click here. The main activity in Hacienda de San José de Contla's later years was producing sugar. The lush, iridescent green cane still grows for miles all around Contla. The Spanish word hacienda means "place where something is done or made". In spite of its function as a factory, the building seen above is graceful and architecturally appealing. Archways supported by tall columns seem almost lacy in their delicacy. Mex 110, which passes in front of the ruins, follows a route through the Sierra del Tigre important since pre-hispanic times. It connects the uplands of Michoacan, once the heart of the Tarascan Empire (also called the Purépecha) to Colima and the Pacific Coast. The Teco Kingdom was based in the area of modern Colima and trade between the Tarascans and the Tecos passed back and forth along this route. Both areas were home to even earlier cultures, whose names are unknown but whose remains have been found. These early cultures also appear to have communicated and traded.
modern village of Contla has 1752 inhabitants, and sits in a long narrow valley at 1160m (3835 ft) in altitude. The local economy is based on agriculture, largely corn, cattle and sugar cane production. Photo by Chuck Boyd
1165 AD, the Aztecs founded nearby Mazamitla as a military outpost guarding their frontier against their ancient enemies, the Tarascans. In 1481 AD, the Tarascans invaded the area. They passed through what would become Contla on their way to capture the salt beds near Laguna de Sayula, just north of Colima. Salt was an extremely important comodity for food preparation and preservation, and for industrial processes such as textile manufacture. The Tarascan Empire had little salt of its own. The Teco Kingdom controlled the Laguna Sayula and resisted the Tarascan invasion fiercely in what became known as the Salt War. The struggle continued until the Tecos finally drove out the Tarascans in 1510 AD, only a few years before the Spanish arrived. It was just such intramural conflicts as this that made the Spanish "divide and conquer" strategy so successful.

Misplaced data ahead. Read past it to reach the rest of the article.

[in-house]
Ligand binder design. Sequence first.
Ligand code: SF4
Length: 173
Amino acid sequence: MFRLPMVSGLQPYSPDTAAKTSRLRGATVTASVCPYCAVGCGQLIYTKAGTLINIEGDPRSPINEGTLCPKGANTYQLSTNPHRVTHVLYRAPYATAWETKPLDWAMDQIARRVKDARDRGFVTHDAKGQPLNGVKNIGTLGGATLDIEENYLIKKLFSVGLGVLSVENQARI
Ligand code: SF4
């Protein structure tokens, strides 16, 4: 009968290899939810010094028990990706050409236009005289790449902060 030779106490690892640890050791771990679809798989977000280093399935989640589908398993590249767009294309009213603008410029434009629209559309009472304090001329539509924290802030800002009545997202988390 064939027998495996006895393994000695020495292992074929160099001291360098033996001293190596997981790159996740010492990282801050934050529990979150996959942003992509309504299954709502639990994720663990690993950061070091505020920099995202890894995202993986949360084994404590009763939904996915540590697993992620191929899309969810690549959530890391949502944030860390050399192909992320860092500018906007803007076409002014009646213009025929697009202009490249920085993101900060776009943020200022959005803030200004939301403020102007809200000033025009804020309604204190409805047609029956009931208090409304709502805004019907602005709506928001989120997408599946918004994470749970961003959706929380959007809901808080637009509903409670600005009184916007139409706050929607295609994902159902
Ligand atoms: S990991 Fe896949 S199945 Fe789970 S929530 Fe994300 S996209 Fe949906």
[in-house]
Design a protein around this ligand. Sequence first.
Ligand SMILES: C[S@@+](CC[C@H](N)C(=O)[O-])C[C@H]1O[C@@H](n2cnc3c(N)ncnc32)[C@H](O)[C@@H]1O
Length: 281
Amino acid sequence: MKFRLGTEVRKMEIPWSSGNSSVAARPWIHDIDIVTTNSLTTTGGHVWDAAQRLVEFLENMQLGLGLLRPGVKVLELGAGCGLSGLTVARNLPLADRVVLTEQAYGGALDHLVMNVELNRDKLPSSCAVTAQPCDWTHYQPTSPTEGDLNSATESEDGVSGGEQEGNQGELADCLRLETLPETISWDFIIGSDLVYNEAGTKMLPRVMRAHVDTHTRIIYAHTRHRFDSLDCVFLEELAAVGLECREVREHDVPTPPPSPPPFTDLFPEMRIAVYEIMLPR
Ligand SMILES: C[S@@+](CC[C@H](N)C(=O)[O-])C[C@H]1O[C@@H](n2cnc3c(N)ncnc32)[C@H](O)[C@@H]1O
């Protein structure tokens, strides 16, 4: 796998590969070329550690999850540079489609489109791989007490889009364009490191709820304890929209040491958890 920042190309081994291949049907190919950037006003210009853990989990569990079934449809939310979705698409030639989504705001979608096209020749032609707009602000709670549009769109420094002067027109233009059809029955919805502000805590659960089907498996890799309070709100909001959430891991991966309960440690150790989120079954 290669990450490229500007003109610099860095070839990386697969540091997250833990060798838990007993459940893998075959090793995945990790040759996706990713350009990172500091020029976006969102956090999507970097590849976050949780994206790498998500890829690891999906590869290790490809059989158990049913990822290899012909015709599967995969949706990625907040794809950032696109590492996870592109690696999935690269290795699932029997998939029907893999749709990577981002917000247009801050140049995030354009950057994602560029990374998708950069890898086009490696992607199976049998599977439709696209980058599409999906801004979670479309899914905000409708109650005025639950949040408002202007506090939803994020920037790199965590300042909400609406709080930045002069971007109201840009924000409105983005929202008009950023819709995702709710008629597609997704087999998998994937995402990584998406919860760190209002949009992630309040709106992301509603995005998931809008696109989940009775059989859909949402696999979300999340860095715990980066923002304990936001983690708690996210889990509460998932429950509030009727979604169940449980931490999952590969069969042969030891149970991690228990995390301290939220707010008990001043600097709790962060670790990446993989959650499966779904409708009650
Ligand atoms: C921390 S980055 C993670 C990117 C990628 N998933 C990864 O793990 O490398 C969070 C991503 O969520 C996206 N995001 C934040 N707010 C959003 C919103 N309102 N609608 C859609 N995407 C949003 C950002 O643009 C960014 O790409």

Plumeria rubra, was provided by my flower expert Ron Parsons (see the link to his website on the "Other Sites to Visit" to the right). The rain had prevented our group of hikers from reaching our waterfall goal. Our disappointment gave us extra incentive to spend some time at the Hacienda de San José de Contla. The Spanish conquistadors under Crisobal de Olid and Juan Rodgriguez Villafuerte passed through here in 1522, sent by Hernán Cortéz to explore the area after his conquest of the Aztecs. Over the next several years they conquered the Tecos, who put up a fierce resistance but to no avail. Some years after that, Nuño Beltran de Guzman shattered the Tarascan Empire with a brutality that rivals Heinrich Himmler. The ancient kingdoms and their rivalries disappeared in the holocaust of Spanish oppression and European diseases.